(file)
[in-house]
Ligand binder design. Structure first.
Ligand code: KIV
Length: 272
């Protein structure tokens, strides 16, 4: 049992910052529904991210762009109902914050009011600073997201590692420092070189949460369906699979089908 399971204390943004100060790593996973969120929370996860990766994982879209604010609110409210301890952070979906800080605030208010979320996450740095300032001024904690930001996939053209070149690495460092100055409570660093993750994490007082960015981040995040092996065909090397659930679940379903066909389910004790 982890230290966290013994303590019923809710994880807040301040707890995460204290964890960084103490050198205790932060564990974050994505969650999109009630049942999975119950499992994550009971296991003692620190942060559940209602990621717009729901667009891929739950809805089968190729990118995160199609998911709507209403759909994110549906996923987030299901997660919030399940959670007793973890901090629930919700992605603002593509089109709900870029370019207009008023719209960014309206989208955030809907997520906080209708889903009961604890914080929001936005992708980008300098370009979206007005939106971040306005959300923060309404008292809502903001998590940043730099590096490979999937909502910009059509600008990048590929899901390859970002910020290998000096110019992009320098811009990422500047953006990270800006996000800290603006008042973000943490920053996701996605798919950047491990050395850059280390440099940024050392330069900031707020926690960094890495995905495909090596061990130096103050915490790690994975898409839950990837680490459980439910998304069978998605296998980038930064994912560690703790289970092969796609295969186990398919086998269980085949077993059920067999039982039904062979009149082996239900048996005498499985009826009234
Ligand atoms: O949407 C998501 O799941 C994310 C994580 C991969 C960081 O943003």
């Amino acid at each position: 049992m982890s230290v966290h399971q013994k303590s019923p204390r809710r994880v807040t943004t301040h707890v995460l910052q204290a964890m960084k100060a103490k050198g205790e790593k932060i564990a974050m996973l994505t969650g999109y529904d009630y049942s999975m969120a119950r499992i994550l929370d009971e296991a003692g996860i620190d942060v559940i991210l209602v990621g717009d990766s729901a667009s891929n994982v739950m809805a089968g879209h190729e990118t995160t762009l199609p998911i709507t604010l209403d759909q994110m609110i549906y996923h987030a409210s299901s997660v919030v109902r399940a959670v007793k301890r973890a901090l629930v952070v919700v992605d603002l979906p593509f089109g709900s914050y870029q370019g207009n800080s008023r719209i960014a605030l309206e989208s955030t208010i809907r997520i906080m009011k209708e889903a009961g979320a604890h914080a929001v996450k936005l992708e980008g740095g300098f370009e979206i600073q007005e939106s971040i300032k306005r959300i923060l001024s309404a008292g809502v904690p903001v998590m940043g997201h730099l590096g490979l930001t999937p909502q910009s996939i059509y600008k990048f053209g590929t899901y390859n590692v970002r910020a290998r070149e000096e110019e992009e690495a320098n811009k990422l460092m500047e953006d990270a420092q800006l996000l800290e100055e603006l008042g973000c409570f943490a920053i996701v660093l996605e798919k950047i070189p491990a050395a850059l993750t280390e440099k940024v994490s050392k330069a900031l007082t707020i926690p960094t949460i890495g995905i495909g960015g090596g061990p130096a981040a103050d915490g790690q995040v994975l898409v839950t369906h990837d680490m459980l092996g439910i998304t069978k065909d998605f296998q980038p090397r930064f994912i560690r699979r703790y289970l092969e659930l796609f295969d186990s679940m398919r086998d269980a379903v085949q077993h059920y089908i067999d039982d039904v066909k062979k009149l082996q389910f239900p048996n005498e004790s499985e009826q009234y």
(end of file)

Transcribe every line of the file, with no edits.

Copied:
[in-house]
Ligand binder design. Structure first.
Ligand code: KIV
Length: 272
């Protein structure tokens, strides 16, 4: 049992910052529904991210762009109902914050009011600073997201590692420092070189949460369906699979089908 399971204390943004100060790593996973969120929370996860990766994982879209604010609110409210301890952070979906800080605030208010979320996450740095300032001024904690930001996939053209070149690495460092100055409570660093993750994490007082960015981040995040092996065909090397659930679940379903066909389910004790 982890230290966290013994303590019923809710994880807040301040707890995460204290964890960084103490050198205790932060564990974050994505969650999109009630049942999975119950499992994550009971296991003692620190942060559940209602990621717009729901667009891929739950809805089968190729990118995160199609998911709507209403759909994110549906996923987030299901997660919030399940959670007793973890901090629930919700992605603002593509089109709900870029370019207009008023719209960014309206989208955030809907997520906080209708889903009961604890914080929001936005992708980008300098370009979206007005939106971040306005959300923060309404008292809502903001998590940043730099590096490979999937909502910009059509600008990048590929899901390859970002910020290998000096110019992009320098811009990422500047953006990270800006996000800290603006008042973000943490920053996701996605798919950047491990050395850059280390440099940024050392330069900031707020926690960094890495995905495909090596061990130096103050915490790690994975898409839950990837680490459980439910998304069978998605296998980038930064994912560690703790289970092969796609295969186990398919086998269980085949077993059920067999039982039904062979009149082996239900048996005498499985009826009234
Ligand atoms: O949407 C998501 O799941 C994310 C994580 C991969 C960081 O943003």
């Amino acid at each position: 049992m982890s230290v966290h399971q013994k303590s019923p204390r809710r994880v807040t943004t301040h707890v995460l910052q204290a964890m960084k100060a103490k050198g205790e790593k932060i564990a974050m996973l994505t969650g999109y529904d009630y049942s999975m969120a119950r499992i994550l929370d009971e296991a003692g996860i620190d942060v559940i991210l209602v990621g717009d990766s729901a667009s891929n994982v739950m809805a089968g879209h190729e990118t995160t762009l199609p998911i709507t604010l209403d759909q994110m609110i549906y996923h987030a409210s299901s997660v919030v109902r399940a959670v007793k301890r973890a901090l629930v952070v919700v992605d603002l979906p593509f089109g709900s914050y870029q370019g207009n800080s008023r719209i960014a605030l309206e989208s955030t208010i809907r997520i906080m009011k209708e889903a009961g979320a604890h914080a929001v996450k936005l992708e980008g740095g300098f370009e979206i600073q007005e939106s971040i300032k306005r959300i923060l001024s309404a008292g809502v904690p903001v998590m940043g997201h730099l590096g490979l930001t999937p909502q910009s996939i059509y600008k990048f053209g590929t899901y390859n590692v970002r910020a290998r070149e000096e110019e992009e690495a320098n811009k990422l460092m500047e953006d990270a420092q800006l996000l800290e100055e603006l008042g973000c409570f943490a920053i996701v660093l996605e798919k950047i070189p491990a050395a850059l993750t280390e440099k940024v994490s050392k330069a900031l007082t707020i926690p960094t949460i890495g995905i495909g960015g090596g061990p130096a981040a103050d915490g790690q995040v994975l898409v839950t369906h990837d680490m459980l092996g439910i998304t069978k065909d998605f296998q980038p090397r930064f994912i560690r699979r703790y289970l092969e659930l796609f295969d186990s679940m398919r086998d269980a379903v085949q077993h059920y089908i067999d039982d039904v066909k062979k009149l082996q389910f239900p048996n005498e004790s499985e009826q009234y």